By Kaye Bennett
If you’re one of the 1,800 veterans who live in South County, Robert Barton would like to meet you—and possibly to help you better understand how to access services from the Department of Veterans Affairs (VA).
Since May 2014, Barton, a 27-year veteran of the U.S. Army himself, has been volunteering his time at South County Community Services (SCCS) to help fellow vets with questions about benefits, health care, and other service-related issues.
A native of Comstock, Barton joined the Army in 1965, saw combat in Vietnam, retired from the military in 1997, then entered the seminary. After serving as a minister in Southern Baptist and Cumberland Presbyterian churches in Tennessee, he retired again in 2009, moving to Kline’s Resort where he lives with his wife Lorraine and brother Zachary.
Barton’s own military experience in Vietnam led to the role he plays with SCCS and the Disabled American Veterans (DAV) now. He recalls how helicopters often did not touch down, in order to avoid drawing enemy fire. Instead, young soldiers like Barton would jump out as they hovered a few feet above ground. Over time, the damage that did to his back caused Barton to qualify for 60 percent disability, and led to his activity in the DAV. When the DAV wanted someone to attend Service Officers School, Barton volunteered, becoming certified to work as an advocate, helping other vets understand their benefits. The first thing he did was to download and read all 1,500 pages of the VA’s rules and regulations. “Some of it is gobbledygook,” he laughs, “but some helps you understand.”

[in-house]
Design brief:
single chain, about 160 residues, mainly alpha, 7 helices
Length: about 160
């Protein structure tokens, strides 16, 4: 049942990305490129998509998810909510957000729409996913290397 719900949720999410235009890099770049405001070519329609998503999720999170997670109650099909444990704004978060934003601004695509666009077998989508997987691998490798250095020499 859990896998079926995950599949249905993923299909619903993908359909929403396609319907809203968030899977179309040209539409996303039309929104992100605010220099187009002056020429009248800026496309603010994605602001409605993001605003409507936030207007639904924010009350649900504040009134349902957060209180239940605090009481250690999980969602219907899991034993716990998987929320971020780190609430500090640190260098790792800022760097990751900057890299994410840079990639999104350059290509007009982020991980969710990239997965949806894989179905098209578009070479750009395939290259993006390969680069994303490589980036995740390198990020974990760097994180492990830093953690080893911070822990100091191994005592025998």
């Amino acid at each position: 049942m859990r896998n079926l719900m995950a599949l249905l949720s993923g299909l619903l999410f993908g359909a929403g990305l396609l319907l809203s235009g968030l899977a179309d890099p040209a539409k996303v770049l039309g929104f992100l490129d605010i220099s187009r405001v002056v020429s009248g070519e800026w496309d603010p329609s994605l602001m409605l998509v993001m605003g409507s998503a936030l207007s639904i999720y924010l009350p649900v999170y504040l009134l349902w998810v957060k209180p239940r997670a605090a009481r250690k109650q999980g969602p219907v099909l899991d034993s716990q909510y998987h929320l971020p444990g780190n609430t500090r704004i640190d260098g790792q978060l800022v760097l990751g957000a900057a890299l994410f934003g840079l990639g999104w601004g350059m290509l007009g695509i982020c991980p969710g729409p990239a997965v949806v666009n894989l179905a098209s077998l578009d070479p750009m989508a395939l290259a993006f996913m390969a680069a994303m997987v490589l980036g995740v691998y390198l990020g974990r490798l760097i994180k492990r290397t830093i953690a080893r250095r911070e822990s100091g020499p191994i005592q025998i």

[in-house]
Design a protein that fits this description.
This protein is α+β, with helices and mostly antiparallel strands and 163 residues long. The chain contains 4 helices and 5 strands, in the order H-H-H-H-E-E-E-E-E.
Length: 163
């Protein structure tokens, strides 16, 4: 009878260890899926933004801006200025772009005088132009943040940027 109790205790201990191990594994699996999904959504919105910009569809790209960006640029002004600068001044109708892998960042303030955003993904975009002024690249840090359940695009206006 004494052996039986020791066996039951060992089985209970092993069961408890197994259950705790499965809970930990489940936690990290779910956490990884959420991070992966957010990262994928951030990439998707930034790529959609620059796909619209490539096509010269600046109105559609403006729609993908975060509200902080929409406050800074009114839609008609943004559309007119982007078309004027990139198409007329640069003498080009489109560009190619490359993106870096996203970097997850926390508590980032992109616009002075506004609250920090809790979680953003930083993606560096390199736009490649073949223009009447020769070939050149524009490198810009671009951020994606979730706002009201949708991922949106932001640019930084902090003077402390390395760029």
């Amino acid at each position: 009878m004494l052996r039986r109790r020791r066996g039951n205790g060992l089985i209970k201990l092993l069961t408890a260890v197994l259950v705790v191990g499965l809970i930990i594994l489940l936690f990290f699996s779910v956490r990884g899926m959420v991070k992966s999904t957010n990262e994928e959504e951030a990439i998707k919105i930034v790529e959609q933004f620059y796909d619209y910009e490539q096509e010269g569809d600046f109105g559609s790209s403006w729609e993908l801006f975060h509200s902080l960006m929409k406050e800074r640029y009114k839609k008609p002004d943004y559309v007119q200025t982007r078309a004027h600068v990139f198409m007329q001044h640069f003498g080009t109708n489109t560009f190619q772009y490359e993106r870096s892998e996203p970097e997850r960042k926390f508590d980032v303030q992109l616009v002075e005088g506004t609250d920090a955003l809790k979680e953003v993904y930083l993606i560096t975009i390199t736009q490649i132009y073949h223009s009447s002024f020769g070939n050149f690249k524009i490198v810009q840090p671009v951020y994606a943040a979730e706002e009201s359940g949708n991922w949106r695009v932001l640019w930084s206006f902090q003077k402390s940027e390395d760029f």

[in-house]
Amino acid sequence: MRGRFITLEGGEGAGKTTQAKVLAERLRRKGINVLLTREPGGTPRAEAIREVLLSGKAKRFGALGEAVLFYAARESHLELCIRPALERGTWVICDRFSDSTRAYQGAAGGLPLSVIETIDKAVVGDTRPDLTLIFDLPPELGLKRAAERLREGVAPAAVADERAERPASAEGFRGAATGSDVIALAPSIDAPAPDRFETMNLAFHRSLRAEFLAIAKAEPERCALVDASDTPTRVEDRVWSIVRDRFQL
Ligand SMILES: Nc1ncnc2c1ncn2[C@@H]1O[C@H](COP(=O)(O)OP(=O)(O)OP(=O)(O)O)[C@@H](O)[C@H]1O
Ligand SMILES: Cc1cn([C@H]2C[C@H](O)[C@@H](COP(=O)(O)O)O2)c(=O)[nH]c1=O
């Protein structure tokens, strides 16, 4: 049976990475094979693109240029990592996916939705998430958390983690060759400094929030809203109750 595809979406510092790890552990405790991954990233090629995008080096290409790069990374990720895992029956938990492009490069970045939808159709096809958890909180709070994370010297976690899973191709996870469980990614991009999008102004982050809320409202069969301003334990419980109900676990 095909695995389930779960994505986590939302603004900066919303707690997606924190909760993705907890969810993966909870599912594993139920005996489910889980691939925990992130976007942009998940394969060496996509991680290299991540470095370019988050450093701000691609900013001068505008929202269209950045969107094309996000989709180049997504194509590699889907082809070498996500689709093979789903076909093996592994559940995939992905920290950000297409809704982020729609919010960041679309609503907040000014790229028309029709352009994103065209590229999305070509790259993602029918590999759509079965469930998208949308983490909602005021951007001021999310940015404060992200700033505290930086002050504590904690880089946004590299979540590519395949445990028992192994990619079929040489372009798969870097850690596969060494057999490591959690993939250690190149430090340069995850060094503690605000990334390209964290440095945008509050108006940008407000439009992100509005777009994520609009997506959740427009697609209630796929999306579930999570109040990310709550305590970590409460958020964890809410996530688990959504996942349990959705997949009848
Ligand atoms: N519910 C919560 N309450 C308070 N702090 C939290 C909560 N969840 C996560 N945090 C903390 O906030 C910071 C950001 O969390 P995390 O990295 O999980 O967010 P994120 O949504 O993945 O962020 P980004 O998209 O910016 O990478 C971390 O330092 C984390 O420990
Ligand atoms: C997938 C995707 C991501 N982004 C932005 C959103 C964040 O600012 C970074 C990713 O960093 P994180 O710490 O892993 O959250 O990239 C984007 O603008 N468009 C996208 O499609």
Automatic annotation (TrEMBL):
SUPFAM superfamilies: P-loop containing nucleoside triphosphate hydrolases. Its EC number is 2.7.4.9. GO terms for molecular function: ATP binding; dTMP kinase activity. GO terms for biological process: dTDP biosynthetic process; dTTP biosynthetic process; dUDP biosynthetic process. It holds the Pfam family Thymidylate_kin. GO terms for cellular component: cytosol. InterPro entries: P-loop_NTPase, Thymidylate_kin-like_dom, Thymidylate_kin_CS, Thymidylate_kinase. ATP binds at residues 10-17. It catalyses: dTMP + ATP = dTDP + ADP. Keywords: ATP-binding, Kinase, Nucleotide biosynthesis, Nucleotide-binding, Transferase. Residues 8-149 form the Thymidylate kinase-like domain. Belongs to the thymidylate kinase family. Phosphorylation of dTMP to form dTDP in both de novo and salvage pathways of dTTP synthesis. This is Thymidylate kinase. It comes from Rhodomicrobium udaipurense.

Since he began working with SCCS in May, Barton has helped 75 vets or their family members address a variety of issues. These range from replacing lost service ribbons to getting reimbursement for burial benefits for widows who didn’t know they were entitled to them.
Recently Barton helped a Vietnam vet whose financial situation was dire. The vet, Barton discovered, had been exposed to Agent Orange and was diagnosed with Post-Traumatic Stress Disorder (PTSD). He qualified for disability payments which, though small, meant that “he and his wife didn’t have to turn the heat off at night,” Barton says. This can even help the community, he adds: When a vet applies for and gets a compensable benefit, some of those dollars get spent for South County businesses and services.
Another success story Barton relates is helping a Vietnam vet get his dishonorable discharge upgraded to general, so he would become eligible for VA benefits. This problem is not uncommon in vets from that war, Barton says. Back then, before PTSD was understood—before the term had even been coined—young men returning from what Barton calls “the insanity of war” did “strange things,” earning dishonorable discharges. In the light of current knowledge about this condition, these cases can sometimes be reclassified.
Sometimes Barton says all a vet needs is a listening ear. As a matter of fact, he points out, that’s something anyone can do. “Vets often have a need to share their stories. If a vet starts to tell you a story, listen to it.” The VA has begun compiling these stories, so, when a local WWII combatant told Barton about his experiences in the Battle of the Bulge, Barton passed the story along to the VA to be preserved.
Danna Downing, executive director of SCCS, says of Barton, “We’re lucky he found us. He’s doing a world of good. There’s a magic that happens when somebody cares about somebody else.”
Downing hopes that the agency will be able to add even more services for vets. If anyone is interested in being trained to drive local vets to the VA Hospital in Battle Creek or in donating to a fund to help vets in need, she says, they can phone her or Barton at SCCS, 269-649-2901.
You can meet with Robert Barton at SCCS, 105 S. Kalamazoo Street in Vicksburg, from 9 a.m. until 1 p.m. on Thursdays.